7. It might just be me (though judging by the confusion in the thread possibly not!), but I would take 'survey' to mean an out-of-the-water hull survey.
  8. I did wonder whether something had drastically changed in the past two years...glad to hear that's not the case!
  9. It is indeed. Are you familiar with the boat?
  10. Very aware of the problems that generators can pose, as a long-time lurker and previous liveaboard. I came to the conclusion last time that running the engine to charge batteries didn't seem optimal from a wear or a cost perspective, and spent two years on the cusp of buying a generator despite having a perfectly capable modern engine to charge with. Everything is a compromise, eh?
  11. I was already suspecting a lack of alternator and planning to need a generator for power and charging. That's no real hardship though. No. 2 mostly applies. I wouldn't say that I'm into vintage diesels specifically, but into the sort of boat that's likely to have a vintage diesel in it - tug-style with back cabin and engine room. Owning a vintage diesel doesn't put me off, but I do want a much more realistic idea of what I'd be getting myself into. And no key-operated electric start - this particular engine is apparently hand-cranked! No premium involved that I can see in this case.
  12. From the Maritime and Coastguard Agency via Facebook It's a work of pure fiction, it would seem.
  13. Currently looking with interest at a boat that ticks almost all of the boxes I'd like ticking, within budget, and will be arranging to go view in person as soon as I can find time. The thing is...it has a vintage engine. A Gardner 1L2*, to be exact. I'm certainly not adverse to putting time and effort into the upkeep and maintenance of the engine...but I don't have the first clue about vintage engines as things stand. Can anyone give me an idea of the usual regular maintenance requirements that are needed to keep such an engine in good condition (beyond the usual oil and filters changes that modern engines need), and how much time I could expect to invest in it? And for bonus points, how easily it'll be to acquire the knowledge and skills to keep on top of regular maintenance myself? * - I understand this might be a bit 'weedy' for a boat of any decent length, but I figure that's something I'll soon notice on a test cruise if it's a problem.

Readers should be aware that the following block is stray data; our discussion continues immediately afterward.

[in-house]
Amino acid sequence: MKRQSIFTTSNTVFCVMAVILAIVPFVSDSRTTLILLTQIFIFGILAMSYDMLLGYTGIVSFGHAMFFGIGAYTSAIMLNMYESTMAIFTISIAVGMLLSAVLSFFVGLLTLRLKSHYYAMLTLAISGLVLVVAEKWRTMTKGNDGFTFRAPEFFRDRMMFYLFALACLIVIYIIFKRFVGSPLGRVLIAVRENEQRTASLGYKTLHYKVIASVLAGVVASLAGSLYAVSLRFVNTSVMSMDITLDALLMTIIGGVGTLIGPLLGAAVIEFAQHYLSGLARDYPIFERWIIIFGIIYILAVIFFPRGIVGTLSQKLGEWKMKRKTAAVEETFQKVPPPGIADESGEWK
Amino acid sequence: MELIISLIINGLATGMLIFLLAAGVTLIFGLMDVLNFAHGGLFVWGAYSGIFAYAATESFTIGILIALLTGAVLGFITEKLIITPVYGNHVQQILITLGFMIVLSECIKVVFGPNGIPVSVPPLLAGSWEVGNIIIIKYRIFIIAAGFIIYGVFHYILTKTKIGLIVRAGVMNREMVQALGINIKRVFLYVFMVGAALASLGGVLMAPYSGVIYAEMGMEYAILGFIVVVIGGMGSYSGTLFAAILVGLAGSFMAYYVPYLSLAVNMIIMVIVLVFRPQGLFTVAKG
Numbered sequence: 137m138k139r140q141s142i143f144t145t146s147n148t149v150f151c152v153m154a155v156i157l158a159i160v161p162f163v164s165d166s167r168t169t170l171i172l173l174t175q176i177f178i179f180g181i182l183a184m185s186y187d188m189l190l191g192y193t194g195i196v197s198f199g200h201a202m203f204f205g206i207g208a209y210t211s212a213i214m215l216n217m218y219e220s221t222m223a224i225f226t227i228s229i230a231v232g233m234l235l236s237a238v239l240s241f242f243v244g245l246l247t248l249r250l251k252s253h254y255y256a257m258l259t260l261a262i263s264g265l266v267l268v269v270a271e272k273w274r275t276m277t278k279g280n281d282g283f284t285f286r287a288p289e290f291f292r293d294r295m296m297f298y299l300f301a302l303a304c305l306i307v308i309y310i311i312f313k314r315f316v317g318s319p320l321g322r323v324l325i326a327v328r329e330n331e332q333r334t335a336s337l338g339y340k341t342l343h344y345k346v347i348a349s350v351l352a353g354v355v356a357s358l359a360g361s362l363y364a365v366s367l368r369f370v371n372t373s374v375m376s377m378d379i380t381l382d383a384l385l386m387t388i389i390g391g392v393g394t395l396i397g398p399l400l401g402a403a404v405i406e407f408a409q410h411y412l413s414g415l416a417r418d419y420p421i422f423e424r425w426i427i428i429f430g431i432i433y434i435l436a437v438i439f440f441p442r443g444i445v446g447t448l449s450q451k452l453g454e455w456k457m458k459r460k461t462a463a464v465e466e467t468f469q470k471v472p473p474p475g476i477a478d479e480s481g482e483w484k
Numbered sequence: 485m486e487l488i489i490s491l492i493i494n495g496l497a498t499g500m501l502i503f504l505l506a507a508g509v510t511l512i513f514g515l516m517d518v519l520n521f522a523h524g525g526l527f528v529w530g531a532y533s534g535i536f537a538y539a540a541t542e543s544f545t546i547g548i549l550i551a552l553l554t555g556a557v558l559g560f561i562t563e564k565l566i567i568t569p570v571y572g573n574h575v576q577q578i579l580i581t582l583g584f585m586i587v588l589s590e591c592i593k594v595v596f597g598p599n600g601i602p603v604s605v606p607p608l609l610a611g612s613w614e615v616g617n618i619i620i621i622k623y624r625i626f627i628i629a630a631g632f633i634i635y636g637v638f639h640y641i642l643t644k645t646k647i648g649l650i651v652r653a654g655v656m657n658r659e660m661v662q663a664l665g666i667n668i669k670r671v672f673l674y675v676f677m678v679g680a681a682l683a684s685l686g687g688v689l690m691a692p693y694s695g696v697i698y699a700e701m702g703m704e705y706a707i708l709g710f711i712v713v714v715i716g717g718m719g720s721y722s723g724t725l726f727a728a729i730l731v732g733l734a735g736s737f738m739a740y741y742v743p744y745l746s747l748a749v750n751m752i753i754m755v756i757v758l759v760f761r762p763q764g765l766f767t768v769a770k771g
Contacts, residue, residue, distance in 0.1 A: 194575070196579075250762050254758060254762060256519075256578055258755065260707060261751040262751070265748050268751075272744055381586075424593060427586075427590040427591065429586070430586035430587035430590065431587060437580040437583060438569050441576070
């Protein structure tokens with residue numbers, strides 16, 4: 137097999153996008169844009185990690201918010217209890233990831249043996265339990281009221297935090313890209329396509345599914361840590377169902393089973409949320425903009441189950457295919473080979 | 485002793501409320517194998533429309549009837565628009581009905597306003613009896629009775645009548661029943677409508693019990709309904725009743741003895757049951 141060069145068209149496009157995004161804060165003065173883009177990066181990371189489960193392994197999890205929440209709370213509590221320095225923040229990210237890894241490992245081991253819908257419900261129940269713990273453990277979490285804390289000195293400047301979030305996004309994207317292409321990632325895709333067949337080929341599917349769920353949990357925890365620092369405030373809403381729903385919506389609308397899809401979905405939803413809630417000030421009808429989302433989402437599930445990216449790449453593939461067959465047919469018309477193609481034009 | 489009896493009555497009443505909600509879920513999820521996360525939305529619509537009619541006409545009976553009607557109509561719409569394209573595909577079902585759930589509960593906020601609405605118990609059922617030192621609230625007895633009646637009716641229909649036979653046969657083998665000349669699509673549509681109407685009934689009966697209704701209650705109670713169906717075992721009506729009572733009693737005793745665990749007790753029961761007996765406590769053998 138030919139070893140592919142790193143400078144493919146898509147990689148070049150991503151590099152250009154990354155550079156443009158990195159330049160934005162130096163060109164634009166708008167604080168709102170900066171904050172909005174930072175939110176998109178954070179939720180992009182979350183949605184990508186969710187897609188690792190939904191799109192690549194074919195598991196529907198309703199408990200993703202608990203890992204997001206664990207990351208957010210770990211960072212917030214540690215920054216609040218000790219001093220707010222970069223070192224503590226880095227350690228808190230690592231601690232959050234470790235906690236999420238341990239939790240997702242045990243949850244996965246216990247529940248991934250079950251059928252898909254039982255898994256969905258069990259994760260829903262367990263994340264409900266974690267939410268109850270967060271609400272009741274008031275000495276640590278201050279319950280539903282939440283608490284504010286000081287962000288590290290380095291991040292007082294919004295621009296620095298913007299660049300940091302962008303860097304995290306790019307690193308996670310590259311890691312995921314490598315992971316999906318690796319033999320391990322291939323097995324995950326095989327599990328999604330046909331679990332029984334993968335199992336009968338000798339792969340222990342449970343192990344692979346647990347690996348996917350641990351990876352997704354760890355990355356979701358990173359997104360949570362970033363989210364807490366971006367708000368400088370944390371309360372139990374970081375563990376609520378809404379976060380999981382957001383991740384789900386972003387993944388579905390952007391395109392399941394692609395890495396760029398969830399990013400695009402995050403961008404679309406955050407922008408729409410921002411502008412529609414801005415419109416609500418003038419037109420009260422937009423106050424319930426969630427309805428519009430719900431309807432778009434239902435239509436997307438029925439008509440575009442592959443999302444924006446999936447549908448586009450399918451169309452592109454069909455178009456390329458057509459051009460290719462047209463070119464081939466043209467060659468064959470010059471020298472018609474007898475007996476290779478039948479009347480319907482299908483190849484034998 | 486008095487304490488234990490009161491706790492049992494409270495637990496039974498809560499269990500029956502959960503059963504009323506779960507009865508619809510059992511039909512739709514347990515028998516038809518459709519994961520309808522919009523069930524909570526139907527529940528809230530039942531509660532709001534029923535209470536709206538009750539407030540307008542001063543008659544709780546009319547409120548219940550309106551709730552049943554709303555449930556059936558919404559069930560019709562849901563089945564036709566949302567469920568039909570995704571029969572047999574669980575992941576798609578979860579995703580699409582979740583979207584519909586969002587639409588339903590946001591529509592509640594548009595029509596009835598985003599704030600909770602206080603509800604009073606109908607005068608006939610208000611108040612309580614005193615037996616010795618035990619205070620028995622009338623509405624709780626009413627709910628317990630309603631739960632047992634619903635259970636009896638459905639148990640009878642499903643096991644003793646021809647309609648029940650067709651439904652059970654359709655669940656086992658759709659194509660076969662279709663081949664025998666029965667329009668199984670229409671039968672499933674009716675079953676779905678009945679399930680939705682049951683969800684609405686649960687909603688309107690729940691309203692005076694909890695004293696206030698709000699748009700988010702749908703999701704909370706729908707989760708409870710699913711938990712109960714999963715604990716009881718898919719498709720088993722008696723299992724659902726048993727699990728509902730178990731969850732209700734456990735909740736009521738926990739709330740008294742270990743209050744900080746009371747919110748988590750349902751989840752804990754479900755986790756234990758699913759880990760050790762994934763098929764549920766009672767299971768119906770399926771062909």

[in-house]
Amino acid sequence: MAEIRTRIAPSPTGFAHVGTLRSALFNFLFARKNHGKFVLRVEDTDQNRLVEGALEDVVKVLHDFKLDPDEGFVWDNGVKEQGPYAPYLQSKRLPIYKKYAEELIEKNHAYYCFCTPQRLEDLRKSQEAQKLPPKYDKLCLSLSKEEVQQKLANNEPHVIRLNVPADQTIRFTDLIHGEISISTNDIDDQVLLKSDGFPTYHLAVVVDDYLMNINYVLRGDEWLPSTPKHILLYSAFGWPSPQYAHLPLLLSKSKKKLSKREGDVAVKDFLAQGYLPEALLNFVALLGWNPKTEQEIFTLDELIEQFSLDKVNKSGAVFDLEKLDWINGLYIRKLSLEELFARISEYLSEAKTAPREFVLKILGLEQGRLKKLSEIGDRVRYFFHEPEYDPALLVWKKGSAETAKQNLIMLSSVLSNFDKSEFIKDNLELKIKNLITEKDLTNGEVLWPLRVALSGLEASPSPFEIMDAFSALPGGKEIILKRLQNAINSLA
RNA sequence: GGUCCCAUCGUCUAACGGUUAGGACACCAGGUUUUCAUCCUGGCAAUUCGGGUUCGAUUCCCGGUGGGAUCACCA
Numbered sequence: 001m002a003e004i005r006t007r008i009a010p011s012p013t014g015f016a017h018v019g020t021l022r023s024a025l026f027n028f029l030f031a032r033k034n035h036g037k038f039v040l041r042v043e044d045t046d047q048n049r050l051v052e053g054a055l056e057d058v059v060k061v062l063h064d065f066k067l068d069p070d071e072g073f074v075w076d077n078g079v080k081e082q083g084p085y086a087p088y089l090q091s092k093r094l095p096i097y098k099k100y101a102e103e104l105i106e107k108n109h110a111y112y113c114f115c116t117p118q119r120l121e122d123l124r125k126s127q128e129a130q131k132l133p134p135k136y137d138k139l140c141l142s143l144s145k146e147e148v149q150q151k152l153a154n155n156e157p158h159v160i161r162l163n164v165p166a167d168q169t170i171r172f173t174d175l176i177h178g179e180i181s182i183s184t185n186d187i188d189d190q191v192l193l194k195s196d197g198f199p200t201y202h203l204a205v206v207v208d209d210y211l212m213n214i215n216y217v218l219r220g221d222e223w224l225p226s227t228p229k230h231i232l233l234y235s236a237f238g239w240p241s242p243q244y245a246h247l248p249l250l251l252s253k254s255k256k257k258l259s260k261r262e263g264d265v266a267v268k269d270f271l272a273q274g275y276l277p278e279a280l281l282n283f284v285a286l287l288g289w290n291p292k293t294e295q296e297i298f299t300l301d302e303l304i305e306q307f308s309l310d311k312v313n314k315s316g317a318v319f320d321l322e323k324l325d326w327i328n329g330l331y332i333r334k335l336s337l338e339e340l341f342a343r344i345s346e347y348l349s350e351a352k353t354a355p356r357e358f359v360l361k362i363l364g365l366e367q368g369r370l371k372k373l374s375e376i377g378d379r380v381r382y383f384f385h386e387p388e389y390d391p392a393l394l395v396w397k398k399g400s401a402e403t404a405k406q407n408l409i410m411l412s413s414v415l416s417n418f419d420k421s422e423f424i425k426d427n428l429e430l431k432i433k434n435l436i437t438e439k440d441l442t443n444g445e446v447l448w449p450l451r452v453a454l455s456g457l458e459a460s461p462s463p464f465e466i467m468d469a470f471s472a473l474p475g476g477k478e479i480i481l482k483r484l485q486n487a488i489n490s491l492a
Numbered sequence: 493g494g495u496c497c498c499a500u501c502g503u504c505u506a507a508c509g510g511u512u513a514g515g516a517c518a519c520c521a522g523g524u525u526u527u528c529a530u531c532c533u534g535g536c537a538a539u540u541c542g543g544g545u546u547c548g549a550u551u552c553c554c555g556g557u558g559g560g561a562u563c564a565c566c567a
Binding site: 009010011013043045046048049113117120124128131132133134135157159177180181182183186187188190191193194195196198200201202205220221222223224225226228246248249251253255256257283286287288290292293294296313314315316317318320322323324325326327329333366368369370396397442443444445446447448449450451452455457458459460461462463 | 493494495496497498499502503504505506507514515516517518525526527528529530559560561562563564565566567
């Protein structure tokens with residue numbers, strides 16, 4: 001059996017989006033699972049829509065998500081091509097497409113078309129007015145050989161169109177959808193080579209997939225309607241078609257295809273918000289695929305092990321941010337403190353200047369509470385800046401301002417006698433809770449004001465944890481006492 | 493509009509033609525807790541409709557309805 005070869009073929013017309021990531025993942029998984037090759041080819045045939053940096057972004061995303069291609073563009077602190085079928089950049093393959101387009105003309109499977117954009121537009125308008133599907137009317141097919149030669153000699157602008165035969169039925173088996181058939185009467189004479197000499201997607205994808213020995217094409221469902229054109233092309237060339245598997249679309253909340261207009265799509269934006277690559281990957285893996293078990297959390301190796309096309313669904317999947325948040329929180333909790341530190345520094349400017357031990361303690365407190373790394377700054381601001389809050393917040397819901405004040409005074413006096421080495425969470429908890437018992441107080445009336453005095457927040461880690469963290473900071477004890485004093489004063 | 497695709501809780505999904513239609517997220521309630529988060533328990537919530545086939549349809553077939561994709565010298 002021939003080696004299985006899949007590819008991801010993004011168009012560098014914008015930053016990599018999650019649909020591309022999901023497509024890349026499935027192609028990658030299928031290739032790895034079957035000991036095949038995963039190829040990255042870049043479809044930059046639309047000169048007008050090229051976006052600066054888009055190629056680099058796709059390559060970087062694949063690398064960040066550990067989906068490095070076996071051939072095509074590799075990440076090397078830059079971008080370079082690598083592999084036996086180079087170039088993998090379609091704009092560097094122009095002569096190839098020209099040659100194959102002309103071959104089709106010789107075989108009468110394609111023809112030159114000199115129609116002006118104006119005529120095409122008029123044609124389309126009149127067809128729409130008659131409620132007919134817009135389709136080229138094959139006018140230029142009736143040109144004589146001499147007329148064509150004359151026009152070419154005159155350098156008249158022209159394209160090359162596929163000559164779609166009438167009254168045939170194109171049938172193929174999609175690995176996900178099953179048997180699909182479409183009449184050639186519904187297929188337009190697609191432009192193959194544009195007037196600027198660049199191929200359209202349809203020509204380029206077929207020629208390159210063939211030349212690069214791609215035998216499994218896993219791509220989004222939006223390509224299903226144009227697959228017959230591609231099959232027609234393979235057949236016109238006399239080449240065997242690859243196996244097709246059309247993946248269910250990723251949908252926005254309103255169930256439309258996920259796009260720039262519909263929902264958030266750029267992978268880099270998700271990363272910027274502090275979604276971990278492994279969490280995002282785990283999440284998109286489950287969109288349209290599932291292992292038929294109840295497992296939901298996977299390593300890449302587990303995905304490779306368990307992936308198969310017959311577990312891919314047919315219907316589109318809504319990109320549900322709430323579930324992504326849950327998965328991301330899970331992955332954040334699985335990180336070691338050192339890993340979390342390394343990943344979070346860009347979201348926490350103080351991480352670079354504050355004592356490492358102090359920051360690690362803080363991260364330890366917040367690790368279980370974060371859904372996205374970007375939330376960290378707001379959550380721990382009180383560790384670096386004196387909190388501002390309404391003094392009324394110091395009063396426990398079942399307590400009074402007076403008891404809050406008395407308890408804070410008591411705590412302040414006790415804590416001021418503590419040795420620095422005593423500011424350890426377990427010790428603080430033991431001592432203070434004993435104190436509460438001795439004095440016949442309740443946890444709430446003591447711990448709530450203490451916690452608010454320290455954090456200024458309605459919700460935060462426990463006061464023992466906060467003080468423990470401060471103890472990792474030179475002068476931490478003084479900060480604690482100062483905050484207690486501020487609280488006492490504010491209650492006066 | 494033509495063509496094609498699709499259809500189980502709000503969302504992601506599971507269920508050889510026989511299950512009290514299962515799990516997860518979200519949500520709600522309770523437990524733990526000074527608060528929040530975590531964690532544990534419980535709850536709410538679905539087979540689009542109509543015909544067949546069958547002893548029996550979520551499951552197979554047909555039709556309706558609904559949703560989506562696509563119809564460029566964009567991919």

14. tehmarks

    Why!?

    Oh yes, I forgot about the roof leak around the Paloma chimney, and the flooding of the bilge with a full tank of water when the pipework froze. And yet I'm still not put off? Sanity is being questioned, for sure. Thankfully I suspect it might take a while to find the ideal boat this time around, so plenty of time to reconsider...?
  15. tehmarks

    Why!?

    I can remember very clearly my first and only stint of living aboard...two years of temperamental access to electricity, of arriving back home after days away for work to a damp and freezing cold boat in the depths of winter, and of moving the boat in the pitch dark after work when all I wanted to do was cook and sleep. ...and yet, here I am, longing to live on the cut again as a continuous cruiser and very seriously looking at boats (from afar thankfully, currently in the Alps). Boat life - you really can't beat it, can you?